Coffee Pot Speech in a Fire Hose World

My coffee pot has been speaking to me.

Not literally, of course. No need to call in the folks with the white coats, at least not yet. It’s speaking to me as a metaphor, which, come to think of it, is pretty common in my life. I see metaphors all around me – in nature, in mental images, in concepts, and in inanimate objects such as coffee pots – and they speak to me.

What’s the coffee pot saying, you ask?

The best way I can describe it is by quoting Proverbs 15:28 – “The heart of the righteous weighs its answers, but the mouth of the wicked gushes evil.”

The coffee pot, in other words, has become my personal metaphor for controlling my speech. Good coffee begins with good beans. But what happens if you don’t filter your coffee? Regardless of the quality of the beans, the pot gushes bitter junk you can’t drink and that you would never serve to anyone.

My words also need a filter. Just because I’m thinking something, doesn’t mean I need to say it. And when I need to say something, I am wise to filter it appropriately. But we live in a world where many people seem to think their mouths should be an open fire hose rather than a filtered coffee pot. We are tempted daily to gush every opinion with little regard for if it will help or damage our spiritual health or our relationships with others.

Self-control is a fruit of the Spirit (Galatians 5:22-23), so it’s not surprising that the Bible has plenty to say about the value of filtering our speech. Here are a few reasons it tells me to value coffee pot speech:

It brings healing, not pain. Proverbs 12:18 says, “The words of the reckless pierce like swords, but the tongue of the wise brings healing.”

It benefits others. Ephesians 4:29 says, “Do not let any unwholesome talk come out of your mouths, but only what is helpful for building others up according to their needs, that it may benefit those who listen.” And Proverbs 15:4 says, “The soothing tongue is a tree of life, but a perverse tongue crushes the spirit.”

It strengthens relationships. Proverbs 17:9 says, “Whoever would foster love covers an offense, but whoever repeats the matter separates close friends.” And Proverbs 26:10 says, “Without wood a fire goes out; without gossip a quarrel dies down.”

It leads to wisdom and wise responses. Colossians 4:6 says, “Let your conversation be always full of grace, seasoned with salt, so that you may know how to answer everyone.”

It’s a form of self-protection. Proverbs 21:23 says, “Those who guard their mouths and tongues keep themselves from calamity.” And Proverbs 10:19 says, “Sin is not ended by multiplying words, but the prudent hold their tongues.”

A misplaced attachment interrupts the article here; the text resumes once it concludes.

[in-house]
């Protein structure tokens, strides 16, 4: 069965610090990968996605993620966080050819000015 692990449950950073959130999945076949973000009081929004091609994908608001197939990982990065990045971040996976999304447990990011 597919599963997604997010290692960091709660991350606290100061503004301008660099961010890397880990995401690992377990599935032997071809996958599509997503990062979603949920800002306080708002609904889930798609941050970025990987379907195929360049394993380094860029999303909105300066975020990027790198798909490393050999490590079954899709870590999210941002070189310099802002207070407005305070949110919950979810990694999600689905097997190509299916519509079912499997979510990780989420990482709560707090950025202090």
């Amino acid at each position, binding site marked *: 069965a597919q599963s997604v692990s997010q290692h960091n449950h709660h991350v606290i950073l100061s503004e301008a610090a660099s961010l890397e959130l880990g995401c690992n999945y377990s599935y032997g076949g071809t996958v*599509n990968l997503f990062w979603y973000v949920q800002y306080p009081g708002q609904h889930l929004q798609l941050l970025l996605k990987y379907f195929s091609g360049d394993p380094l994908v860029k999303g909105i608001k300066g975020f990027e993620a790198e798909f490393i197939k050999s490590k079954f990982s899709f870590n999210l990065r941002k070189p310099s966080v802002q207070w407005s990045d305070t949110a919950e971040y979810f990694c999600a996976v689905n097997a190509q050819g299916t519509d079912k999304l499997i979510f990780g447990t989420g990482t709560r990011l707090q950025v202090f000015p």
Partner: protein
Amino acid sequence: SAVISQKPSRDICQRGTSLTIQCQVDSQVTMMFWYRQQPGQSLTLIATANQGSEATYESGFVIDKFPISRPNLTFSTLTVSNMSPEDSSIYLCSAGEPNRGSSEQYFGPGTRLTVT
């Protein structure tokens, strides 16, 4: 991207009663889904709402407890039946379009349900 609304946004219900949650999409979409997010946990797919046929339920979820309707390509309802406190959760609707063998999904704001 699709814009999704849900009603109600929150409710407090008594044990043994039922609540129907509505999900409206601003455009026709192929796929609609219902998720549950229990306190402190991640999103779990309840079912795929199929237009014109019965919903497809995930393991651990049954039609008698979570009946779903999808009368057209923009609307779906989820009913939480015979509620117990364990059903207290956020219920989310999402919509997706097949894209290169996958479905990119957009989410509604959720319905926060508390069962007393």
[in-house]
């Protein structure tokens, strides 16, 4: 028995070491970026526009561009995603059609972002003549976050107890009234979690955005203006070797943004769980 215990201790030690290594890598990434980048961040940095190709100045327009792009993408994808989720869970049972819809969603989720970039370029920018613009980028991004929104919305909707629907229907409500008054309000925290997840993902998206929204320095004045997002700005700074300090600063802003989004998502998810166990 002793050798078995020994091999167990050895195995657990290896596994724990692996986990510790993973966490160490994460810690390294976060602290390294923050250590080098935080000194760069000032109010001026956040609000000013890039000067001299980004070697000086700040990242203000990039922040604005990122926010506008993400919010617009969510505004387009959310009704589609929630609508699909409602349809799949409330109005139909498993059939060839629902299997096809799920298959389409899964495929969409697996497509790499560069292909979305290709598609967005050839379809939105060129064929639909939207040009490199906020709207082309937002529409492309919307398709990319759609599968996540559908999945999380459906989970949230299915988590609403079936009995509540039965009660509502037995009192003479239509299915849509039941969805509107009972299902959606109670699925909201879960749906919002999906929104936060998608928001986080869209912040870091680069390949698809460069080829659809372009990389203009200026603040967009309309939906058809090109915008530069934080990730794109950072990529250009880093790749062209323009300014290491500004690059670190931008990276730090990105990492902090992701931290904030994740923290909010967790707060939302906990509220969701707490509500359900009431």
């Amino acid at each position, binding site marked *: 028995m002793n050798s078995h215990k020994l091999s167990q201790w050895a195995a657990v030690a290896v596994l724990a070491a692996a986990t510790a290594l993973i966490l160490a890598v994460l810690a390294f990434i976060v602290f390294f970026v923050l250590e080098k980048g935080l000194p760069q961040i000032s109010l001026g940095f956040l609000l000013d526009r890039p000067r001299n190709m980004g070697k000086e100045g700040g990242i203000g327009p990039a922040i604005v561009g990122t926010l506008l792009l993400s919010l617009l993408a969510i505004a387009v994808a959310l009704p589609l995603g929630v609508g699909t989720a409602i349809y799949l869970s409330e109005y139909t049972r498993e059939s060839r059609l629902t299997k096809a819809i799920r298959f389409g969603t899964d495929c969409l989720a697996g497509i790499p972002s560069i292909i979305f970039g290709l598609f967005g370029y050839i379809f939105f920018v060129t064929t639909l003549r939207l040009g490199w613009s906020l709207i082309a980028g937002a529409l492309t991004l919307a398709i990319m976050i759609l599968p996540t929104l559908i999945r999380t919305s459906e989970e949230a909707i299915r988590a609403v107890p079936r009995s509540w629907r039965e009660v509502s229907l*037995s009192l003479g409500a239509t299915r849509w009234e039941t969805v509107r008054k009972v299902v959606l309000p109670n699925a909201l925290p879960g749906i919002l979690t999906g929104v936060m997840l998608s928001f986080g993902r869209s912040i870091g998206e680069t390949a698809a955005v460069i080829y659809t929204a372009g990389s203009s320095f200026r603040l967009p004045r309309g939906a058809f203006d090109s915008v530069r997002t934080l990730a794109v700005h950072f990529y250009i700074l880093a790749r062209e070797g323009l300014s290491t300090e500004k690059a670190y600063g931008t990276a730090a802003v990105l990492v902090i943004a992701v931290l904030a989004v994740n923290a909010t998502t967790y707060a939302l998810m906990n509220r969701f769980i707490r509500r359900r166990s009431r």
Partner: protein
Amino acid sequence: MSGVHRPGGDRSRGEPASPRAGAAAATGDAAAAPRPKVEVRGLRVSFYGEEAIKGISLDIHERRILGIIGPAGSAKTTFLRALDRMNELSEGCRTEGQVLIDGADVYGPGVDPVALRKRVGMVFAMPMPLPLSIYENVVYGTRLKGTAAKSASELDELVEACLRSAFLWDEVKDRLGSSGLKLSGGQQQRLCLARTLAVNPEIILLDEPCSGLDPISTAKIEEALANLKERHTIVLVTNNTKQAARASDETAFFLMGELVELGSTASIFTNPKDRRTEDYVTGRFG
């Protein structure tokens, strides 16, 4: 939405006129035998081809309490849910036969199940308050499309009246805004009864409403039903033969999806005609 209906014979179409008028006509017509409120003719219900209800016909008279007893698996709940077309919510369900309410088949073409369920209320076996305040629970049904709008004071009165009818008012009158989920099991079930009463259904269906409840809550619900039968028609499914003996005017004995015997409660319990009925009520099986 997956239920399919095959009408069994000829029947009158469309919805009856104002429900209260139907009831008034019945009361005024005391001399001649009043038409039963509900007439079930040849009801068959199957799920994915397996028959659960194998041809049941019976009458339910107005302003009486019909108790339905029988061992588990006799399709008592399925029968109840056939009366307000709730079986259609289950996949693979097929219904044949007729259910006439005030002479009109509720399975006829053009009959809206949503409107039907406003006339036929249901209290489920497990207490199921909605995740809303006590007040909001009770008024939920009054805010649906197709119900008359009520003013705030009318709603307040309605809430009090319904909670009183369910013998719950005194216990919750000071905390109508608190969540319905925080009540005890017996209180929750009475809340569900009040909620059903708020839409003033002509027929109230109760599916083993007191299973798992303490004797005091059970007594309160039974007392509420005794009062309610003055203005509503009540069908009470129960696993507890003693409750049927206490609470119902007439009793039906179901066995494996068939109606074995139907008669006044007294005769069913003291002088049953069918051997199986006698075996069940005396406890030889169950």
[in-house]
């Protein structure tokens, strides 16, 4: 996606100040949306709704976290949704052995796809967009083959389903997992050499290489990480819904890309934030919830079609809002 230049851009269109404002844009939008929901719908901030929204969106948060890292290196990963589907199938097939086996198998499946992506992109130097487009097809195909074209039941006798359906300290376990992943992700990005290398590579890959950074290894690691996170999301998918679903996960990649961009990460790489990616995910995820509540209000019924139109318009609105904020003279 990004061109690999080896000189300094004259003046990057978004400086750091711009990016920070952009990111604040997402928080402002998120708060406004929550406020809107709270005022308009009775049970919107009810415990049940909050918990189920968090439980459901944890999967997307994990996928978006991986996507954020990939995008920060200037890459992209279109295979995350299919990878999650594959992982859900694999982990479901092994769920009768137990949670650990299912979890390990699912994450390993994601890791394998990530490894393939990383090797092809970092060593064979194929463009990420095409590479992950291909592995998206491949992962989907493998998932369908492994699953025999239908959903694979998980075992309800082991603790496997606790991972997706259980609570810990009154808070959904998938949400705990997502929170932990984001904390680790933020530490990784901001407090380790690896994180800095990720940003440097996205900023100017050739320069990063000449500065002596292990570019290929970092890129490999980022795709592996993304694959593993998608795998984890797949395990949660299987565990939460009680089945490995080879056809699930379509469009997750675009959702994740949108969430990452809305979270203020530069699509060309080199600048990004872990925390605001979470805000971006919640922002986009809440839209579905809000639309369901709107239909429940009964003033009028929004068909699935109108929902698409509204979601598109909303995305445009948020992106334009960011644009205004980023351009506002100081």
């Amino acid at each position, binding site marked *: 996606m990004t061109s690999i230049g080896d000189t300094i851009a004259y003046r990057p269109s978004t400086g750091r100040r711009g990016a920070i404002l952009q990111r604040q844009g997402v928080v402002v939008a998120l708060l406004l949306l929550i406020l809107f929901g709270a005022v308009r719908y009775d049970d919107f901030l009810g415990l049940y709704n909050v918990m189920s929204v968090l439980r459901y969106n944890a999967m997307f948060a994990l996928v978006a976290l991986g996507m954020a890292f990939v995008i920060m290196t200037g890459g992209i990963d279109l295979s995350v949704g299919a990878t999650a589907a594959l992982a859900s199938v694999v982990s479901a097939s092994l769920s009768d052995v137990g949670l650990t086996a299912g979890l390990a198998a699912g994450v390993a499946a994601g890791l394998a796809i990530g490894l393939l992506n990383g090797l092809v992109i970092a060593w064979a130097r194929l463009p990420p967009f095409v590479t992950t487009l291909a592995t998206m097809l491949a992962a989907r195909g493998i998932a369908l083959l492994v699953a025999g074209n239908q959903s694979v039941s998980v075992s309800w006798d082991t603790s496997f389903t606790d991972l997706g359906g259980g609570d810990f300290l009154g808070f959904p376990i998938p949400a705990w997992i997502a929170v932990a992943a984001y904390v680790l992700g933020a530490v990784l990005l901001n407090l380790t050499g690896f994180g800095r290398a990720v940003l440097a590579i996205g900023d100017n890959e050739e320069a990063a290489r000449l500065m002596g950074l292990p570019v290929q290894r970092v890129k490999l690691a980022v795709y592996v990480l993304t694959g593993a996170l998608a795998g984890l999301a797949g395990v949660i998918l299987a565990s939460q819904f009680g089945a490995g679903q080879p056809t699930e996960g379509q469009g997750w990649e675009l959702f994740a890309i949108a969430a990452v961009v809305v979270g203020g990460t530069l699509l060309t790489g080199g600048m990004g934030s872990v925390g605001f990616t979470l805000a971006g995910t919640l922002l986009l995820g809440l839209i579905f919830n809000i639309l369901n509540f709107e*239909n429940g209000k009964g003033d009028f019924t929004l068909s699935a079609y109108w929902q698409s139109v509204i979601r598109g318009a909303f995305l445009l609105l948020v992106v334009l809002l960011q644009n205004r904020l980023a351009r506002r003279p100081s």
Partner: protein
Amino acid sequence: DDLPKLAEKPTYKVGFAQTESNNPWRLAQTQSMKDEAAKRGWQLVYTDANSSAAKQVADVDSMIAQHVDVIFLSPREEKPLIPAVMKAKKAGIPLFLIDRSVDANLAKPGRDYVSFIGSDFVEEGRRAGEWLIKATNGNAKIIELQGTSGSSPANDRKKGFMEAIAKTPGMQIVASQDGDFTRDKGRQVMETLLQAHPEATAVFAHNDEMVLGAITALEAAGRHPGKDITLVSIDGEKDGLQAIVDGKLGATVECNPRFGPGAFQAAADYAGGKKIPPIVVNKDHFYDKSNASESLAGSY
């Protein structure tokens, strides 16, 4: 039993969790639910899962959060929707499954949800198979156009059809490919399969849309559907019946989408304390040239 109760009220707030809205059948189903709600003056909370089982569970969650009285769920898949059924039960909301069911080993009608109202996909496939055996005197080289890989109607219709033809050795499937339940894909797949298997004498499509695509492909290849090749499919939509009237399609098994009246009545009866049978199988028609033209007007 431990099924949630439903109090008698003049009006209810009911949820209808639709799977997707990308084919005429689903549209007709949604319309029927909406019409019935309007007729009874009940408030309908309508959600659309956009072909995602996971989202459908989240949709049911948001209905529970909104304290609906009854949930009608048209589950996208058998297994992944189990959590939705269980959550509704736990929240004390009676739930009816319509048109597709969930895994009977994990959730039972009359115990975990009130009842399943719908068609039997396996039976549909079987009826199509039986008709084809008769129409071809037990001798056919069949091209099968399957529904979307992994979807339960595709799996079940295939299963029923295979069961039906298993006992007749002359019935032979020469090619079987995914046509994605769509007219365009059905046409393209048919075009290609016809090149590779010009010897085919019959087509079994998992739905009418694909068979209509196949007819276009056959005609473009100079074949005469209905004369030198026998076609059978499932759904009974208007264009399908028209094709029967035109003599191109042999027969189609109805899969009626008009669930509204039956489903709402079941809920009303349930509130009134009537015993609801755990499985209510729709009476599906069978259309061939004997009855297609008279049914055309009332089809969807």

It’s for my good. 1 Peter 3:10 says, “For, ‘Whoever would love life and see good days must keep their tongue from evil and their lips from deceitful speech.’” And Matthew 15:11 says, “What goes into someone’s mouth does not defile them, but what comes out of their mouth, that is what defiles them.”

I have found a simple truth about my coffee pot. The quality of the coffee it makes depends largely on the quality of the coffee I put into it and whether I use a good filter to block the impurities. That’s what I want from my speech, as well.

 

 

 

Staying Engaged in the Imperfect Church

The pastor was teaching about the importance of staying engaged in a strong local church, and he provided three reasons/warnings why people typically disengage. It was the 11:30 a.m. service, and we were sitting along an aisle, second row from the very back, in the less-than-a-year-old worship center. In front of us were two teens, one who was texting throughout much of the service. Behind us were two teens who spent the service talking, giggling, and kicking the back of my seat.

These distractions were helpful reminders that I love my church even when it’s not perfectly meeting my needs. It occurred to me, in fact, that there is at least one reason not listed by the pastor that we disengage from the church – the church tends to let us down in all sorts of ways because the church is filled with imperfect people. Pastors, staff, fellow members … they might say something that offends us, fail to show appreciation or support for things we’re doing or trying to do, act unprofessionally in small ways like not responding to emails … We get our feelings hurt because, of course, the world, including the church, is supposed to meet our needs, right? But, as the pastor aptly put it, only Jesus meets all of our needs. Only Jesus is perfect. The rest of us are prone to error.

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I’ve been guilty of selfish frustration with the imperfect church, so I’m seeking forgiveness. One, I know I contribute greatly to that imperfection. Two, I know how much God blesses me and my family through our church. Heartfelt worship … Biblical teaching … amazing leadership … Godly men and women serving selflessly out of love for Jesus … the list goes on and on. God even uses the imperfections to teach me things like patience, forgiveness, self-awareness, and the importance of loving one another when it’s not easy – like when some is kicking the back of my seat.